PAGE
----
It is a temporary fix at best. It is economic suicide at worst.

I suddenly find myself screaming into deaf ears, "NO BAIL-OUT!!! To no avail.


Trader Rick said...

I think that the conventional wisdom is that the bailout is horrible, but no bailout would be worse...

Les said...

"One can't blame the mortgagees who defaulted because they couldn't make the payments. One cannot blame them because they allowed themselves to be lured, by overzealous real estate agents and mortgage firms, into making a bad decision. Would a starving man turn down a free sandwich?"

Didn't you say you had a foreclosure once, Mark? Who's fault was that? Democrats'?

Mark said...

It was my fault, Les, and I've never said it wasn't. I made a poor decision.

But the mortgage company didn't turn me down, and indirectly, that was the Democrats fault. They were the ones that ordered the mortgage companies to accept high risk applicants, which is the whole point of my post.

As I said, would a starving man turn down a free sandwich? The analogy is a little trifling, I admit, but it illustrates the way poor people look at the opportunity.

Mark said...

Fact is, my circumstance was unique, and I'm sure unique situations abound throughout America.

When I got my loan, my credit wasn't bad, although I didn't make a lot of money, my income was steady, as I had been employed at the same company for over 13 years. The problem happened a month after moving in to my house. I got sick, and had to leave my job. I themn tried to change occupations which is harder than I thought. I got behind, and a year later, I had to move.

Les said...

Let me give you my take on this incredible mess, Mark. As I'm a mortgage broker by trade, I think I might have a perspective worth considering. In addition, since I believe political parties are the bane of American government, I can assure you there are no partisan agendas to which I'm beholden. I'm a moderate liberal, nothing more.

"... would a starving man turn down a free sandwich?"

While I get the point of the hyperbole, this statement is a telling insight into the American psyche. Whoever said we were starving, so to speak? As we evolved into a nation built on credit card debt, our notion of the so-called "American Dream" somehow morphed into an illusory, out-of-reach concept that we in no way could ever afford. I, for one, believe avarice and hubris are the culprits - avarice and hubris propagated by decades of what could be perceived as excessive jingoism and nationalist propaganda. When one believes and lives as if one's way of life is indestructible, one is sure to fail.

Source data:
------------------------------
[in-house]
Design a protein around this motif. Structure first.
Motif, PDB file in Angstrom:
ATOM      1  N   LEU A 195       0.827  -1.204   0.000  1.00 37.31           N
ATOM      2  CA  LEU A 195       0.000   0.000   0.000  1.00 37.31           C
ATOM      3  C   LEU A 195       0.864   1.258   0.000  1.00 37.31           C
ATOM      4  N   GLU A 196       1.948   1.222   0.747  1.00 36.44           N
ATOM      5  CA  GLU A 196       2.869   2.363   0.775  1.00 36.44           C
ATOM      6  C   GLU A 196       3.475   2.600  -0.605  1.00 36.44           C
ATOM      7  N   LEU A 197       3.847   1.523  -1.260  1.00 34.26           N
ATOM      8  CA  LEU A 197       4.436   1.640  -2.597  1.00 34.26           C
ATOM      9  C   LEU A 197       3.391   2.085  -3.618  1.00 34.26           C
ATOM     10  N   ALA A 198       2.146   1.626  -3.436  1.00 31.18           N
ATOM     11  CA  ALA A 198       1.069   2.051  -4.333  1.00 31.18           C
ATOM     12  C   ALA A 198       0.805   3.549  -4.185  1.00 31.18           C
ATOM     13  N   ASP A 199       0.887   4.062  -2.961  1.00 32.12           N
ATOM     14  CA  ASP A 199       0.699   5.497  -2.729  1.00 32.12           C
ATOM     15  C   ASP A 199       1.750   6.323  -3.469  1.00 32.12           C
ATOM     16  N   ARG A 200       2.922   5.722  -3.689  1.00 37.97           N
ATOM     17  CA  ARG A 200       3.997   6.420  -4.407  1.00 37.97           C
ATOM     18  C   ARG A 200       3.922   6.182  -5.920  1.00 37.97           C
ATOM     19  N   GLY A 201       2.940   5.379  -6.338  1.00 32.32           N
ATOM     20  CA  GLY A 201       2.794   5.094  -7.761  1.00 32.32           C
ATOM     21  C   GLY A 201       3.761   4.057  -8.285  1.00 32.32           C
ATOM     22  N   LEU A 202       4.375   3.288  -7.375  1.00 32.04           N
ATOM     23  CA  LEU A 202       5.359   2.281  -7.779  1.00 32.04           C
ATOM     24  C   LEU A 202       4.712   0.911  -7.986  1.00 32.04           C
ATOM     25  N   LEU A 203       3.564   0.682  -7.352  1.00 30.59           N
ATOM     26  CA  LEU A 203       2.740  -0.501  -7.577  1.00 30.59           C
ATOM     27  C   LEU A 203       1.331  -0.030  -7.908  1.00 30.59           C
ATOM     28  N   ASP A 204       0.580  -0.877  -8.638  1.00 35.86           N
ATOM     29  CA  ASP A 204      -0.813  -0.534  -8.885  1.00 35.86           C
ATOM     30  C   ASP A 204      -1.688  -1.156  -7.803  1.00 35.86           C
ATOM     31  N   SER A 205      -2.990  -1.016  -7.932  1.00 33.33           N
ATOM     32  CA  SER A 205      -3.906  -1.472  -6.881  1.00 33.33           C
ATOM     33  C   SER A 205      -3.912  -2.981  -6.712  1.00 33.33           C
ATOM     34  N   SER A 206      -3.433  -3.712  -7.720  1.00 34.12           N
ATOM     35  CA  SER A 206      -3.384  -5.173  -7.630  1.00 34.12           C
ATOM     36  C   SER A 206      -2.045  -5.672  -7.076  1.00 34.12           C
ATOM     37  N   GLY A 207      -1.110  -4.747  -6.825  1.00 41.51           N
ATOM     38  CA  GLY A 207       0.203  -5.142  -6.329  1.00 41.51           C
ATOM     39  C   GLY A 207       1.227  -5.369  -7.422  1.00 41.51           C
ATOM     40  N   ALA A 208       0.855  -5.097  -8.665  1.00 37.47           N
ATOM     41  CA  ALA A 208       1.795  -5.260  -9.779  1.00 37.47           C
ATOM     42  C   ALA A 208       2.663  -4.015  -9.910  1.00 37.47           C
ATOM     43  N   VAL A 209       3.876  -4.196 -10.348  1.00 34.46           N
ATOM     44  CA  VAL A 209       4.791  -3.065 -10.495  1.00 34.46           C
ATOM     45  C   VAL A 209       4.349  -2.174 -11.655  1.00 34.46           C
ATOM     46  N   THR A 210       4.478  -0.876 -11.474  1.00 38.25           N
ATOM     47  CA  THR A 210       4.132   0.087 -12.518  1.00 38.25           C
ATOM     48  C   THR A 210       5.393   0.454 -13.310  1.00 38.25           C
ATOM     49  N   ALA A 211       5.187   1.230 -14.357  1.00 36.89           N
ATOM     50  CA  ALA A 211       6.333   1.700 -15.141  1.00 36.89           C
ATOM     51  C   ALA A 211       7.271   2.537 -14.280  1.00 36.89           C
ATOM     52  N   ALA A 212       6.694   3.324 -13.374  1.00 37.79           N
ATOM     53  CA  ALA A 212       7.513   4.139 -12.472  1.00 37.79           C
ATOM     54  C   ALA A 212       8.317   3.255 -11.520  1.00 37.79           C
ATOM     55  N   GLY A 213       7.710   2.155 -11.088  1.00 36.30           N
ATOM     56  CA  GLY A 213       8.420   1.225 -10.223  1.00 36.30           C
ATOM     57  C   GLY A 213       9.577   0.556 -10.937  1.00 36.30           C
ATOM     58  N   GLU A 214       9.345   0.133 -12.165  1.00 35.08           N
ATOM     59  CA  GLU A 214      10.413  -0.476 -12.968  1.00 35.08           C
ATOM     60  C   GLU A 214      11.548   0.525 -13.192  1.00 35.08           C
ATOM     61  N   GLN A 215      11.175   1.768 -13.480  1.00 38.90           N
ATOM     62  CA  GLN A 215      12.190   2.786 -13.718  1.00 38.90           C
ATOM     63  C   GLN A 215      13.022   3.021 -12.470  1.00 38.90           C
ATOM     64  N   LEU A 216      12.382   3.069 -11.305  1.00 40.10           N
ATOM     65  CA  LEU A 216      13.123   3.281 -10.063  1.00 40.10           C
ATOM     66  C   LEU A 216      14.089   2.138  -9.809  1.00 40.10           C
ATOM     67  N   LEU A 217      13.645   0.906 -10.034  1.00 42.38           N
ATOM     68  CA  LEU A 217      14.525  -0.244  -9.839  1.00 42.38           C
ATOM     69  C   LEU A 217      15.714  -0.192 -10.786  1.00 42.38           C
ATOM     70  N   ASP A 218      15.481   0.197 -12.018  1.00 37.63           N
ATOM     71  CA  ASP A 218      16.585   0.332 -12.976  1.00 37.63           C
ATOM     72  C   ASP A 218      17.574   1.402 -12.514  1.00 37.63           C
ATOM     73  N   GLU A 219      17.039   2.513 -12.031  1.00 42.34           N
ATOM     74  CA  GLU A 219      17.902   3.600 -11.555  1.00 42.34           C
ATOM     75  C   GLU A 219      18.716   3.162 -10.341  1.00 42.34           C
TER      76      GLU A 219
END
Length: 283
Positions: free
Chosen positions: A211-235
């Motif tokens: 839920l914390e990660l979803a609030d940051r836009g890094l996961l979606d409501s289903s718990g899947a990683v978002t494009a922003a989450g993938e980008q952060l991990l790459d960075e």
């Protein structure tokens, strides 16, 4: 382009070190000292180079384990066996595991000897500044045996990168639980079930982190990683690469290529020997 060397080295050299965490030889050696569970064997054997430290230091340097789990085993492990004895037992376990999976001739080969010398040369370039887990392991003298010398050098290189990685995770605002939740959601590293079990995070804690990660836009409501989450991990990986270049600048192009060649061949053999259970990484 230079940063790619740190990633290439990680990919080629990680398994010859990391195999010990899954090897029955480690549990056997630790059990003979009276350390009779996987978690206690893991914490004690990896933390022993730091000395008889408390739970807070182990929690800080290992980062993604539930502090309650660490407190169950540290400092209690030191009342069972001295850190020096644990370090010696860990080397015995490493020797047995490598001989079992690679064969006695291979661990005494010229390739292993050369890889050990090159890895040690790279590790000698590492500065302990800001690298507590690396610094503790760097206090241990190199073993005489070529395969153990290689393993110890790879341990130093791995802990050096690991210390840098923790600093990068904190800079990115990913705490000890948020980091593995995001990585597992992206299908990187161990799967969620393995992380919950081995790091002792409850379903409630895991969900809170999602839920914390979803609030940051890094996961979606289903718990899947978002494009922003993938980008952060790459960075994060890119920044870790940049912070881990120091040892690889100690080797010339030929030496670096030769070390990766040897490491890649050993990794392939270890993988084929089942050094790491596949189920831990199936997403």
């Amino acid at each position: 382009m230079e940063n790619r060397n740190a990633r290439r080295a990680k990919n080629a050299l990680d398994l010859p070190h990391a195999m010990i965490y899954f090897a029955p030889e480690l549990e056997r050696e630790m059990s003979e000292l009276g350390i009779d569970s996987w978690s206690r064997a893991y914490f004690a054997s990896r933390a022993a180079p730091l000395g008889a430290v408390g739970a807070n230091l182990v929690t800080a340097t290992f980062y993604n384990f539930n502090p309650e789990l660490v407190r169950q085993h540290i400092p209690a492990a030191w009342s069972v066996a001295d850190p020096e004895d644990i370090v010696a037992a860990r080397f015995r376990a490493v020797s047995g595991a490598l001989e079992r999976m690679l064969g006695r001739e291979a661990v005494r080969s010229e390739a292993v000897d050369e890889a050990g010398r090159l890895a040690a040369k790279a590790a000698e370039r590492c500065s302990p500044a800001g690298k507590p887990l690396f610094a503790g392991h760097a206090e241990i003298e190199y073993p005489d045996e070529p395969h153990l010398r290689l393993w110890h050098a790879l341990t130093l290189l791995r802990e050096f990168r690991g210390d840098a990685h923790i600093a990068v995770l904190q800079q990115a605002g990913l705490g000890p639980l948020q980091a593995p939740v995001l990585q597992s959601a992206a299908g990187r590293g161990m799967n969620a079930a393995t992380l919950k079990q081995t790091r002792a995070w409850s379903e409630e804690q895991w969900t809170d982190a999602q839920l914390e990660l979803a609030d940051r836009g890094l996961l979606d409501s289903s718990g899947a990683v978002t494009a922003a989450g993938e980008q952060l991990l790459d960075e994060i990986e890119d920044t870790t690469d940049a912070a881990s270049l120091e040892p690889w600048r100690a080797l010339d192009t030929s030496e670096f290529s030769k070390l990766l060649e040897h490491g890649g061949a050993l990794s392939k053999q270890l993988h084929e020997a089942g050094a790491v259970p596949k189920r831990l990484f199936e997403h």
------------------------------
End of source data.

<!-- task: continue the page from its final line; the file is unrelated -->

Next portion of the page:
That being said...

"When I got my loan, my credit wasn't bad..."

Of course it wasn't. In fact, during the housing boom, there were still people who got denied for loans, believe it or not. Even the villainous subprime lenders had varying tiers of approval eligibility, all based on credit profiles, income, percentage of property value needed to finance, etc. Although loan standards were loose, they weren't guaranteed. You might be surprised to know that conforming (good credit) customers are as much a foreclosure threat as those with less-than-perfect credit. Why? Because overextension isn't limited to lower-income households. Listen to this:

One of the more popular refinance options a couple years ago was something called a "125% program". Basically, this program allowed a borrower to finance their home for 25% more than it was actually worth. Most of the clients I refinanced who opted for this program were consolidating a ridiculous amount of credit card debt by using their home equity, plus an extra 25% that wasn't really there, because lenders were speculating on continued unrealistic gains in property values. The inevitable result of such abandon? Once clients refinanced into the 125% program (which generally consisted of a larger 2 or 3 year ARM loan worth 100% of their property value, plus a fixed smaller second loan worth the additional 25% of their home's value), they simply ran their credit card debts up again. Unfortunately, when it was time to refinance back into a 30-year fixed rate a couple years later, they found their DTI ratios (amount of income versus amount of monthly debts) were now way out of wack, PLUS their property values weren't appreciating as much as they'd hoped. Now they find themselves in a world of hurt, and foreclosure suddenly becomes a reality these formerly good credit customers never in a million years thought they'd have to consider.